Mathematical models are playing an increasing role in the design and optimization of control programs for many infectious diseases. In the case of Ascaris lumbricoides, there is a long history of models to understand the biology and epidemiology and to design control programs. We outline the key insights which models have given on the dynamics of Ascaris transmission, describe the model structures and discuss how current and future models are informing the design of control programs in the era of both increased access to donate drugs and new statistical techniques to validate these models against reinfection data. We show how the "bounce-back" time following a treatment round, when infection levels monotonically increase to baseline levels, are driven by the life expectancy of the parasite and the basic reproductive number. We also show that the effect of treatment in subsets of the population, for example school children, depends on the extent to which different subpopulations interact with the egg output of the treated group. We discuss the outstanding policy questions which models can be used to answer and the data and model development required to address them. © 2013 Copyright © 2013 Elsevier Inc. All rights reserved.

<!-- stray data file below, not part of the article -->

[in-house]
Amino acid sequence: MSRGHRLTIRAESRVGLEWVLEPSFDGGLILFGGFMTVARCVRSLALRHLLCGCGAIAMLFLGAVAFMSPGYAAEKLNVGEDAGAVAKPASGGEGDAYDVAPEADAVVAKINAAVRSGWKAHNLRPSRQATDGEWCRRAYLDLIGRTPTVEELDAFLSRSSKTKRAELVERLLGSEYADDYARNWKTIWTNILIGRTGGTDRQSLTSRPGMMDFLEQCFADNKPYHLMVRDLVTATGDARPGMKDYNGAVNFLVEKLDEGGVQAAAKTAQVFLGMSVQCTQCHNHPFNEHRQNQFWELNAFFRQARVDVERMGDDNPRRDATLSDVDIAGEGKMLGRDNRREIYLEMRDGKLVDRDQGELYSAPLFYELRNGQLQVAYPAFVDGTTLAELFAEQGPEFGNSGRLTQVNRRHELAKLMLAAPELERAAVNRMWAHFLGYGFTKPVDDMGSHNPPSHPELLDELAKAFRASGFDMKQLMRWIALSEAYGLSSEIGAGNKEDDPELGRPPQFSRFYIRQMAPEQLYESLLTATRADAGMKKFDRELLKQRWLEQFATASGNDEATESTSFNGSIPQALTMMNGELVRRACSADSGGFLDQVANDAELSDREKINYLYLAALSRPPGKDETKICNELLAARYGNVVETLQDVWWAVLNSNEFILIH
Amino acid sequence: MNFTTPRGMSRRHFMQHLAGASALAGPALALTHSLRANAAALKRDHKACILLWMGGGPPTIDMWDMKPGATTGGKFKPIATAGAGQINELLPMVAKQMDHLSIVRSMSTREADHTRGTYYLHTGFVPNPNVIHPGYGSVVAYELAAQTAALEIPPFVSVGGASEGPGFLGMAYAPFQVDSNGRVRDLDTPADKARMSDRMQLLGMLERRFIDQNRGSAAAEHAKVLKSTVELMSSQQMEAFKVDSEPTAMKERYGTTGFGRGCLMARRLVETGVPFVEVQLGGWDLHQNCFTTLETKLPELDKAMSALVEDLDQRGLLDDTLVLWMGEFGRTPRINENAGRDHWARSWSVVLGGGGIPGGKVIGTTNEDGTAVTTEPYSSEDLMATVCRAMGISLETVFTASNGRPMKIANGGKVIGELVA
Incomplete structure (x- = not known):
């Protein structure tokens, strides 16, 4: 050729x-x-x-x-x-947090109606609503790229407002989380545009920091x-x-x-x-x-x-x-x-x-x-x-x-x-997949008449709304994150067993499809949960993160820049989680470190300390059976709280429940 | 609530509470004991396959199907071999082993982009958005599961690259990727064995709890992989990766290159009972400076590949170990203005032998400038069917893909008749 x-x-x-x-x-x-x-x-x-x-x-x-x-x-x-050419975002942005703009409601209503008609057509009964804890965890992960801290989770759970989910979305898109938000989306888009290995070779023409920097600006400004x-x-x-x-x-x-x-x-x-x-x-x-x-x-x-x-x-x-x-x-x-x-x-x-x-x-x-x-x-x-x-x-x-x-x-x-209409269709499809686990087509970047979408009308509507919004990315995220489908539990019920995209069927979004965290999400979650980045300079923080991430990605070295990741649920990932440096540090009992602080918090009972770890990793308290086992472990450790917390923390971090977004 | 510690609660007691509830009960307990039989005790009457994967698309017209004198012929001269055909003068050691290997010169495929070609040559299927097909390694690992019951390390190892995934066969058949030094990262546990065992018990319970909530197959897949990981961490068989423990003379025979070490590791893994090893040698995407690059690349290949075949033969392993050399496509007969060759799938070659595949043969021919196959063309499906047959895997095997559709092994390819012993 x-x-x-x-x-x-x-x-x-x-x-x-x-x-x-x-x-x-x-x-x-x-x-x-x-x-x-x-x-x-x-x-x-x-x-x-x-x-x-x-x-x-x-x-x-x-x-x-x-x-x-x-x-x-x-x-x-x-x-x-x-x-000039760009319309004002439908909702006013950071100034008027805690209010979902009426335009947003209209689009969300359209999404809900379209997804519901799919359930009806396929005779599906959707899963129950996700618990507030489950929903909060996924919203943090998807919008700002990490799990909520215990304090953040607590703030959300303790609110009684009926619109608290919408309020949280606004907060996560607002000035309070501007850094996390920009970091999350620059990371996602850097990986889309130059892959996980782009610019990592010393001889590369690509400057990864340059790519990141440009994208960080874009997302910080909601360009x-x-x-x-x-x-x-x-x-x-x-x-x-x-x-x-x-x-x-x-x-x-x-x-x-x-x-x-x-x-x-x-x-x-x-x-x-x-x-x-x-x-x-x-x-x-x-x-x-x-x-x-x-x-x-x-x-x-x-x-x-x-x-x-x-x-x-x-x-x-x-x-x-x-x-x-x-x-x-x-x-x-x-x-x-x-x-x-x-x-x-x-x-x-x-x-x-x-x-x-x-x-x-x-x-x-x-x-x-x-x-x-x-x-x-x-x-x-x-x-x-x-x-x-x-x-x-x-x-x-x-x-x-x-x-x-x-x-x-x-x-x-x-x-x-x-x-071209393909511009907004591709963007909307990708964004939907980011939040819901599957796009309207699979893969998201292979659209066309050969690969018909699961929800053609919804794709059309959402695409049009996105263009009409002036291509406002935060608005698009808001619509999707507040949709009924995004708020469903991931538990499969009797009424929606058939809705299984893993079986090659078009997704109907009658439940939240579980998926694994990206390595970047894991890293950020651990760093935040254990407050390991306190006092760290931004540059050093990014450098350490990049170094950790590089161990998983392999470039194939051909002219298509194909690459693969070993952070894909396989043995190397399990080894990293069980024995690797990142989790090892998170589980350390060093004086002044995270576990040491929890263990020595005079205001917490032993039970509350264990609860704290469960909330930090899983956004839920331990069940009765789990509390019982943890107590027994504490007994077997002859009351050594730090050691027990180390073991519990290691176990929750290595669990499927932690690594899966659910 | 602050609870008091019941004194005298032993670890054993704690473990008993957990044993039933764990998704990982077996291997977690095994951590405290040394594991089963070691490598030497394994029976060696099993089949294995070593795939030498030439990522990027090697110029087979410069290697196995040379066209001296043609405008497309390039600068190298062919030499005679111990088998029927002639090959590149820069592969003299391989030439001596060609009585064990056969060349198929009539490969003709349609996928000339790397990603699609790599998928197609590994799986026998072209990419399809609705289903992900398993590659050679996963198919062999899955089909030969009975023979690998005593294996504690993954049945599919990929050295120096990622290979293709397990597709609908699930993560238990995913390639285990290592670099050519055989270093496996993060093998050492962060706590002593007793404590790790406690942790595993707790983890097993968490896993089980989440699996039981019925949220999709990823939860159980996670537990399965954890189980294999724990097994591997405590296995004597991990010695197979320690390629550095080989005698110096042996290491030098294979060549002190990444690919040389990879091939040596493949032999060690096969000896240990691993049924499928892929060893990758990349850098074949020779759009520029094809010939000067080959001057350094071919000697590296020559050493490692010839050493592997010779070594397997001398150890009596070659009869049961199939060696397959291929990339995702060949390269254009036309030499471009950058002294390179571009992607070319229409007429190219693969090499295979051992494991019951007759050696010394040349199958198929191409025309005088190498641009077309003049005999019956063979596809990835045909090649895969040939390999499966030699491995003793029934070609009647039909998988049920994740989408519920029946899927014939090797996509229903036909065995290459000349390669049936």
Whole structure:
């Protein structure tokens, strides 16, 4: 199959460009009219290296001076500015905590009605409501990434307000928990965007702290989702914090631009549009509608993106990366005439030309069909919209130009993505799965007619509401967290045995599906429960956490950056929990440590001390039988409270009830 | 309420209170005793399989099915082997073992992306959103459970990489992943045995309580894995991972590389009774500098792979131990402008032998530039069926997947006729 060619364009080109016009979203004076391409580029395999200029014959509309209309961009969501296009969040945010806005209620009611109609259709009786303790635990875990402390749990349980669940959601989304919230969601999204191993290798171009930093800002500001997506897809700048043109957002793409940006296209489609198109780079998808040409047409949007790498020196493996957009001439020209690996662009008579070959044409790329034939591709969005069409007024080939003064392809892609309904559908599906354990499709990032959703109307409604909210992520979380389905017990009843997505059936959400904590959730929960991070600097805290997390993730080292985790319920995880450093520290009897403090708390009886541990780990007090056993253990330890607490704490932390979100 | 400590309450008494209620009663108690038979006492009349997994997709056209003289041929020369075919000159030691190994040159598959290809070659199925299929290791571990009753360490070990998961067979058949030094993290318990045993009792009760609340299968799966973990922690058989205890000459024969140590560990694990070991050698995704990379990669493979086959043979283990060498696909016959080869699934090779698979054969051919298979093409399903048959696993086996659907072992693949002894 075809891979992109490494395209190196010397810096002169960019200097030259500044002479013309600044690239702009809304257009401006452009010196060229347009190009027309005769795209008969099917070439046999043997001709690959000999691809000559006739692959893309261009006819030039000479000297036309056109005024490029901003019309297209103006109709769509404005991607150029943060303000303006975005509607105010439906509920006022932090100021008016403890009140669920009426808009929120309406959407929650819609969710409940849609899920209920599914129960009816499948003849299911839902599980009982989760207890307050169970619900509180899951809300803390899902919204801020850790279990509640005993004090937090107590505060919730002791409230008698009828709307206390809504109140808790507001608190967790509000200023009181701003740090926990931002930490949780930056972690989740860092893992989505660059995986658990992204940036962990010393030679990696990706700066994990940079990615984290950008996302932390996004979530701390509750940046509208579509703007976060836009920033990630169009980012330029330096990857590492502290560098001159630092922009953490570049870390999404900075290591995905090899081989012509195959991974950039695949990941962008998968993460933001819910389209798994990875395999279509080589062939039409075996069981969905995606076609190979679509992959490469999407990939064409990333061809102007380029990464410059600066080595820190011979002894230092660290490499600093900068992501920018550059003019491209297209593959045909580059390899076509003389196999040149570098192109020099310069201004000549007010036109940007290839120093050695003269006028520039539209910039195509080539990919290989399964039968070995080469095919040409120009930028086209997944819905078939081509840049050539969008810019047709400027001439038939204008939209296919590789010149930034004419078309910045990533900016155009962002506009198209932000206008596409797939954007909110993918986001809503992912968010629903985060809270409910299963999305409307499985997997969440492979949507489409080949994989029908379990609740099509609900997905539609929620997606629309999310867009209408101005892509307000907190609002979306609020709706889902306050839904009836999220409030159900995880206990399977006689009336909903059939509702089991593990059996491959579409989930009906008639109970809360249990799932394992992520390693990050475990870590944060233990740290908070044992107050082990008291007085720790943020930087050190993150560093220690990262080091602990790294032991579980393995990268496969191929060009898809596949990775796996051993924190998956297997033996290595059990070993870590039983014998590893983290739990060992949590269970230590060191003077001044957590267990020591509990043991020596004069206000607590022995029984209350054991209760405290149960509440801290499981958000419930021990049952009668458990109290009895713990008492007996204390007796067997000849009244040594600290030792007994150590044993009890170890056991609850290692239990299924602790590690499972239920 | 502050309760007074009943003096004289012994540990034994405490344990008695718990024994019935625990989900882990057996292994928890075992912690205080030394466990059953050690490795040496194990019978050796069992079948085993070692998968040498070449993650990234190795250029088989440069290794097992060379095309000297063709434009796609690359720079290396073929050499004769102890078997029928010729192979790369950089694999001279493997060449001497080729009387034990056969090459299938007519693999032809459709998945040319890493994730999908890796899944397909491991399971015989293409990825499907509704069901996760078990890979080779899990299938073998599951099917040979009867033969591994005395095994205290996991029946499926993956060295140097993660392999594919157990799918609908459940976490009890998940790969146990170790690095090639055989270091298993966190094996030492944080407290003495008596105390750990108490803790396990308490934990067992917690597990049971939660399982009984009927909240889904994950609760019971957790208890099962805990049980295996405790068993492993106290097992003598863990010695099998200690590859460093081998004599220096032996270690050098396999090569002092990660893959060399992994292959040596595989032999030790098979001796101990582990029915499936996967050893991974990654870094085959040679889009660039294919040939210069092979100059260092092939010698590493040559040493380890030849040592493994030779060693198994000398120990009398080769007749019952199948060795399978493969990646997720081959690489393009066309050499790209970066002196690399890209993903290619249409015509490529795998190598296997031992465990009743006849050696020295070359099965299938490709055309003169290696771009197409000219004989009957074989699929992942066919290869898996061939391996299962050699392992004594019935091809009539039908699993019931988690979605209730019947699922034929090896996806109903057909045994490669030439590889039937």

Original publication

DOI

10.1016/B978-0-12-396978-1.00009-4

Type

Chapter

Book title

Ascaris: The Neglected Parasite

Publication Date

27/08/2013

Pages

231 - 262